The Douglas-fir is an amazing tree species, and the Oregon Legislature recognized this when it designated Douglas-fir the official state tree in 1936.
Here are just six facts about the Doug-fir that make it the #1 tree in Oregon:
1.Douglas-fir is one of the world’s best timber-producing species and yields more timber than any other species in North America, making the forestlands of western Oregon, Washington, and British Columbia the most productive on the continent.
2. Douglas-fir is heavily sought after for heavy timber structures, as its wood is strong, resists abrasion, is available in several specifications, including kiln-dried and grade stamped, and can be supplied in very long lengths up to 60 feet. West coast mills are sophisticated in their processing of lumber, making lead times predictable and availability reliable. Paints and stains perform well on Douglas-fir timbers. Because of the timber sizes available, stamped timber grading, and relatively short lead times, Douglas-fir sees wide use in both public and residential projects.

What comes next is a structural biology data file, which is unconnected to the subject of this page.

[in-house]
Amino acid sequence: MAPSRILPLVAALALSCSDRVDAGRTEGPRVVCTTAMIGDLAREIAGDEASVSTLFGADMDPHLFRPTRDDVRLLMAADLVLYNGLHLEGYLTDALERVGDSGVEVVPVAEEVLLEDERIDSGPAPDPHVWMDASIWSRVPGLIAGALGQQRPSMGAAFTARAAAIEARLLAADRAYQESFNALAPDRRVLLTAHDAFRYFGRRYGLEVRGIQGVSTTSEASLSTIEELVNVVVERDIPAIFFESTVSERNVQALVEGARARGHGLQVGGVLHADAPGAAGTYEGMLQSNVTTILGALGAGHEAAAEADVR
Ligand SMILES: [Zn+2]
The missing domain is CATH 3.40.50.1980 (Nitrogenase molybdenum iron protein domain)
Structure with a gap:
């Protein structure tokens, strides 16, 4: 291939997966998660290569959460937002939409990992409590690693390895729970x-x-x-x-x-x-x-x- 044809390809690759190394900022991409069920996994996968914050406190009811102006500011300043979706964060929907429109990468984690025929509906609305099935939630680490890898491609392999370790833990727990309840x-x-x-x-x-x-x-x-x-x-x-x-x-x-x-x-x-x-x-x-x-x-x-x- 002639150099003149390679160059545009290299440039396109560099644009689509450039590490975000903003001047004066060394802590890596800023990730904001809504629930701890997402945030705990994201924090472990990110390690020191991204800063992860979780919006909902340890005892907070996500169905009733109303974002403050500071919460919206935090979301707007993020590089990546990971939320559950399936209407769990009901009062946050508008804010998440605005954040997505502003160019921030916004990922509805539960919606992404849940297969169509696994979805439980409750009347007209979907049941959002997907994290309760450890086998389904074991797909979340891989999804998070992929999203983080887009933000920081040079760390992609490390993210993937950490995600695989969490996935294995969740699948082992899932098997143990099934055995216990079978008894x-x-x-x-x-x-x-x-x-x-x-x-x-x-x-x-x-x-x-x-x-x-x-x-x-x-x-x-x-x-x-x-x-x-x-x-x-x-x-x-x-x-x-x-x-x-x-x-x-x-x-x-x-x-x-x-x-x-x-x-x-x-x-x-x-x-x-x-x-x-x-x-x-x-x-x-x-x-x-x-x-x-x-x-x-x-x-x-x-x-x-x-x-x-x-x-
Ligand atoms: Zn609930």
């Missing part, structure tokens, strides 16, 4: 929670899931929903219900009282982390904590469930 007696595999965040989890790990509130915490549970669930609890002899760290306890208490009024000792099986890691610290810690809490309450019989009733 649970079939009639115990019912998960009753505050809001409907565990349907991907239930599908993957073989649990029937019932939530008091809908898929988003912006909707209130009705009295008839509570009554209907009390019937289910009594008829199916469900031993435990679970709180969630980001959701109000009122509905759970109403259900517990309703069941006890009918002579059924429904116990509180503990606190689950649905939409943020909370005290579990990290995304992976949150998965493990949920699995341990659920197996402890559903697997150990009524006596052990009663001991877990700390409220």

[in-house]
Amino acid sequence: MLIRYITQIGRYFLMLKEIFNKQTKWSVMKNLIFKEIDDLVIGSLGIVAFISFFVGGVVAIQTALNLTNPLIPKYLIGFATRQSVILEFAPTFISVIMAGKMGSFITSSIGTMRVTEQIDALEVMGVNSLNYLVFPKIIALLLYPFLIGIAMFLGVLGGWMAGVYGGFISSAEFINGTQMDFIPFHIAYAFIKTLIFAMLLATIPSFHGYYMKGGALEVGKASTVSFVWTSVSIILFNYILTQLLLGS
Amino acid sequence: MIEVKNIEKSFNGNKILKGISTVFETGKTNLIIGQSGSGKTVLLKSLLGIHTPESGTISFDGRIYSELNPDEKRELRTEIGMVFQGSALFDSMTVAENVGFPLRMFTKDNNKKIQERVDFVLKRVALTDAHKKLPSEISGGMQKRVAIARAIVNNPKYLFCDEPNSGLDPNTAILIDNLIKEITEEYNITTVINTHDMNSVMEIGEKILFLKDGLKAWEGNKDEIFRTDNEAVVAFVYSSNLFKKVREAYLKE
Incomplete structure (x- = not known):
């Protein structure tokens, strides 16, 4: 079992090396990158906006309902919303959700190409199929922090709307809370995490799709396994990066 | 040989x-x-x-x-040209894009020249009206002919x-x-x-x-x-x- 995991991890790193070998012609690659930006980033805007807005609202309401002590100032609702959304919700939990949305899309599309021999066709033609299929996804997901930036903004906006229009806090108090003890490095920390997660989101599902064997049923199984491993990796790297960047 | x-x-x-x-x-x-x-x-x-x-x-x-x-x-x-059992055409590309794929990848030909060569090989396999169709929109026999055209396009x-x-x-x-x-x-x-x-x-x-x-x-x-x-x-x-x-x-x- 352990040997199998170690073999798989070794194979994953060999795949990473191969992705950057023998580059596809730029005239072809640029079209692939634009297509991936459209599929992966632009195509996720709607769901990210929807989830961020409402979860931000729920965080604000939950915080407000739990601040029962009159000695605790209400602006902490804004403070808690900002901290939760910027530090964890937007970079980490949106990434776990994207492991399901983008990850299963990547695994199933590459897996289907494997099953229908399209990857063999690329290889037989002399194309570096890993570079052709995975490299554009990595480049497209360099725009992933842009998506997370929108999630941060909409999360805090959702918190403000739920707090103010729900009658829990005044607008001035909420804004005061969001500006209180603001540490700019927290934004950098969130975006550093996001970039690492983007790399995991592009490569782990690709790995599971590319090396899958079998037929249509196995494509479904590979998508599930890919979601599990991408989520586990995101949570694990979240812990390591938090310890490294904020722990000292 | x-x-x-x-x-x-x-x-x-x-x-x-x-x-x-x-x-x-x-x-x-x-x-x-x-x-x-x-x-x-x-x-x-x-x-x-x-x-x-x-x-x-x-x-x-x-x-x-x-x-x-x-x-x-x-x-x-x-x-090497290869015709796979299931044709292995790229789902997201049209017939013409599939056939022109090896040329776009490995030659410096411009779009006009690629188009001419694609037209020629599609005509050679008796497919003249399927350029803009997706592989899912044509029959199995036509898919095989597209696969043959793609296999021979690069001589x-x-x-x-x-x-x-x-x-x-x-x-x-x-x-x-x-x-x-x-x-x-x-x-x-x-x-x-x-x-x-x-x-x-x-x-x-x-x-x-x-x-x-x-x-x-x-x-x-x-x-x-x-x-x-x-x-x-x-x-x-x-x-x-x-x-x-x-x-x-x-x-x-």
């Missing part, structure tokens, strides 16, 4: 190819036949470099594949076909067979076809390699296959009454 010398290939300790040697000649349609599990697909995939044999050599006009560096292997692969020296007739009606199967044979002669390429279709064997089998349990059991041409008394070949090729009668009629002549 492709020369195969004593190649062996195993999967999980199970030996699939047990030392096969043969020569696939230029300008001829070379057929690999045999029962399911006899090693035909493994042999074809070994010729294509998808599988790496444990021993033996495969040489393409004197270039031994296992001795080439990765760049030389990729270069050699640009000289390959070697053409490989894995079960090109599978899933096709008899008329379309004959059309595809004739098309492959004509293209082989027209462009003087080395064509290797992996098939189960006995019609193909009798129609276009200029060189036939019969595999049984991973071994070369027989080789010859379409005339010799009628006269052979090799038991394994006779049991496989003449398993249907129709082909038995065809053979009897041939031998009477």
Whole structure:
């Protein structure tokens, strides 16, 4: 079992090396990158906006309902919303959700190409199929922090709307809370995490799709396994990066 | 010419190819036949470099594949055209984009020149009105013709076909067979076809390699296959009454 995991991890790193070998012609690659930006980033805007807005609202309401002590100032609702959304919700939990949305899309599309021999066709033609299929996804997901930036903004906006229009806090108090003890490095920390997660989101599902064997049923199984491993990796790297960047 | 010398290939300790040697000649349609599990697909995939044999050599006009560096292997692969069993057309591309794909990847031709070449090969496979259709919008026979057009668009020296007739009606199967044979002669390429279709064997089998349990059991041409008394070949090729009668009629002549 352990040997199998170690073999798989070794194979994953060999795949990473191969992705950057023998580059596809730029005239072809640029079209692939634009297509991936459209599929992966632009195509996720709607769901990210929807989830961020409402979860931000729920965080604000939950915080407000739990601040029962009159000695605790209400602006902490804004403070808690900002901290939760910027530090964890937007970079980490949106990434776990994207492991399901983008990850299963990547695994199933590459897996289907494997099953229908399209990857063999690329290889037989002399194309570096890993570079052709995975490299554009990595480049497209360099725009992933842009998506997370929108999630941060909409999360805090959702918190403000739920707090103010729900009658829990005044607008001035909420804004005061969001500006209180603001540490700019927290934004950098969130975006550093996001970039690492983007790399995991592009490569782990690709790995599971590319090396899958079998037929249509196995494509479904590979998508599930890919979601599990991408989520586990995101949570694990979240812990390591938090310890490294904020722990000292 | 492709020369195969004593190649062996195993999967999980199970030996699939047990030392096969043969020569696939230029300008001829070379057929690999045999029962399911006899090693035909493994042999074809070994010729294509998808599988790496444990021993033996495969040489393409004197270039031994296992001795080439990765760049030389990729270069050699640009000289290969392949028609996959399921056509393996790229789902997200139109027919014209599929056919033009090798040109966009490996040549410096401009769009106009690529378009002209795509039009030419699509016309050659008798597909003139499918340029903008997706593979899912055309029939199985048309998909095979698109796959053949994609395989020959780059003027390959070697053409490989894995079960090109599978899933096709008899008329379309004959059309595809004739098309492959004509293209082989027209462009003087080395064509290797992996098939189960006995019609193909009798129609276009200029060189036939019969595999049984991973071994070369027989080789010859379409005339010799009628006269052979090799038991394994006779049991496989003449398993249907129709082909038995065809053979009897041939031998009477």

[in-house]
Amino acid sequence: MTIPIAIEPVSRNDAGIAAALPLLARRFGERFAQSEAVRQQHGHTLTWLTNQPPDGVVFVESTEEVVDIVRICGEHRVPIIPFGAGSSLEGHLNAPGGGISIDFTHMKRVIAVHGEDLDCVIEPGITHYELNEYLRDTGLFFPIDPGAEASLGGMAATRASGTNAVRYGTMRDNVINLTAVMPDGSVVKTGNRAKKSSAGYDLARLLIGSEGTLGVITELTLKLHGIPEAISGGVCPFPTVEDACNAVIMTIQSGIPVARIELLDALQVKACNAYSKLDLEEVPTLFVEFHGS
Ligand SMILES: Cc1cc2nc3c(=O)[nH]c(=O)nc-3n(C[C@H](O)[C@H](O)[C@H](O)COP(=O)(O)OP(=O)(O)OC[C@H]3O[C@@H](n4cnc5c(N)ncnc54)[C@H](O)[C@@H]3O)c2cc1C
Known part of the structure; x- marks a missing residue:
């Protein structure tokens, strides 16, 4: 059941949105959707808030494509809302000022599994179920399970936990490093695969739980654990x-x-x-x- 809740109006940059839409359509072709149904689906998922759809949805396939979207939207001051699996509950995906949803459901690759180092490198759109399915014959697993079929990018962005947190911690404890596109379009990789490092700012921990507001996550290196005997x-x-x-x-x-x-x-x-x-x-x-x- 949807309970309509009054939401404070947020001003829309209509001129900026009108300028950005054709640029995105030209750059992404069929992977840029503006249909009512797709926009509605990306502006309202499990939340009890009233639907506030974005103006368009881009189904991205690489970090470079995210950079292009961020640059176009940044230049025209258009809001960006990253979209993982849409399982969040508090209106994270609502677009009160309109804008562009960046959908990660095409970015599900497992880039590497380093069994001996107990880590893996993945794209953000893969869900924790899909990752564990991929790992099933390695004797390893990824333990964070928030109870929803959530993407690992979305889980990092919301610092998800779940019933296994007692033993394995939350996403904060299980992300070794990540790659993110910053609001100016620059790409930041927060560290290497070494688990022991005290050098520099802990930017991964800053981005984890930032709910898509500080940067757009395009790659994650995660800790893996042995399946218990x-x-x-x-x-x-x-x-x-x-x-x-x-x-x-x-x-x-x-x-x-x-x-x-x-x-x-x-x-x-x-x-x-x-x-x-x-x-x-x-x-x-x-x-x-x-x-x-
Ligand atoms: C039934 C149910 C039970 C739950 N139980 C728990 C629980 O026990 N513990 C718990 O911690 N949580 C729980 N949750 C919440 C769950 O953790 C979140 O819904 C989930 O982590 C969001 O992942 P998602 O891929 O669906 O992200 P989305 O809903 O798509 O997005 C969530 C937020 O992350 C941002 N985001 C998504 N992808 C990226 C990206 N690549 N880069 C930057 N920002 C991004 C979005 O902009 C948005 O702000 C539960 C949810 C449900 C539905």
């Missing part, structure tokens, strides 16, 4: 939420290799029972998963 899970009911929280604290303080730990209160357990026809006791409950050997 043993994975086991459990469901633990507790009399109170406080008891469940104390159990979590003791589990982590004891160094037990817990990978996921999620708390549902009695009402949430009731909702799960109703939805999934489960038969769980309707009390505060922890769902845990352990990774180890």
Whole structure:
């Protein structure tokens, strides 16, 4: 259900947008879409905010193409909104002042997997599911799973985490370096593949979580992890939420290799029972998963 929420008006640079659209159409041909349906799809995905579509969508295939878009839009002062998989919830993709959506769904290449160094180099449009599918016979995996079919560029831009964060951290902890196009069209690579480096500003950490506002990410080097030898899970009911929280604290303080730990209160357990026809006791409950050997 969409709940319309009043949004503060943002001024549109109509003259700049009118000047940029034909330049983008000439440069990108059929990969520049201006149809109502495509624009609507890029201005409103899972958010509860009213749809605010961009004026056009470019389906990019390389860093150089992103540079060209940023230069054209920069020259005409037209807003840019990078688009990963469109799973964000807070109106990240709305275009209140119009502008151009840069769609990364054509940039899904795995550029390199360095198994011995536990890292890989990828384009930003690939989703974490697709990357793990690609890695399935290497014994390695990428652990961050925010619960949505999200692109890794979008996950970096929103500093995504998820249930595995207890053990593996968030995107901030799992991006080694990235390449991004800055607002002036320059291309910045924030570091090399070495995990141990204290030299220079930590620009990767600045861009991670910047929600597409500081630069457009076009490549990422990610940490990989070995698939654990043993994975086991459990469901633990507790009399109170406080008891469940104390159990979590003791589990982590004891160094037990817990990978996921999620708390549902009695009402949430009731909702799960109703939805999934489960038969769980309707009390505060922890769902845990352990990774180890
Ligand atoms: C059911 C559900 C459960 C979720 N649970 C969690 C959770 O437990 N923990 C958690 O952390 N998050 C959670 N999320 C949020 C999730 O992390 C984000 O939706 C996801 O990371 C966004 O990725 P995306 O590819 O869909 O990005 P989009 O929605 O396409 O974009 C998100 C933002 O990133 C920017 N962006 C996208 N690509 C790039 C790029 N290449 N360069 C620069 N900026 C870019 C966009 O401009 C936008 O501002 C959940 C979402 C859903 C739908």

3. On mature trees, the bark is very thick and corky, growing up to 14 inches thick. This thickness makes the Douglas-fir perhaps the most fire-resistant tree native to the Pacific Northwest.
4. Their seeds are foraged by blue grouse, songbirds, squirrels, rabbits and other small animals. Antelope, deer, elk, mountain goats and mountain sheep eat the twigs and foliage in the winter when other food is hard to come by. It provides excellent cover for a wide range of animals.
5. Young Douglas-fir trees need direct sunlight to thrive as seedlings and saplings, but mature Douglas-firs provide excellent nursery habitat for a wide array of other trees who prefer to get their start in shady undergrowth, including Bigleaf Maple, Oregon Ash, Western Red Cedar, Pacific Dogwood and Western Hemlock.
6. Doug-fir cones are easily identifiable because they have the appearance of a mouse legs and tail sticking out from under the scales. Several legends exist about a mouse taking refuge in a Doug-fir cone, giving the cones their distinctive look.
Protecting human lives, property, and timber-producing forest
Oregon’s forests produce the highest quality water in the state
Supporting communities and the environment
Working forests are key in the fight against climate change
Offering a career path and future for everyone
Forest practice laws safeguard water, fish and wildlife
Different forest types create and maintain wildlife habitats
Oregon has the same amount of forestland now as 100 years ago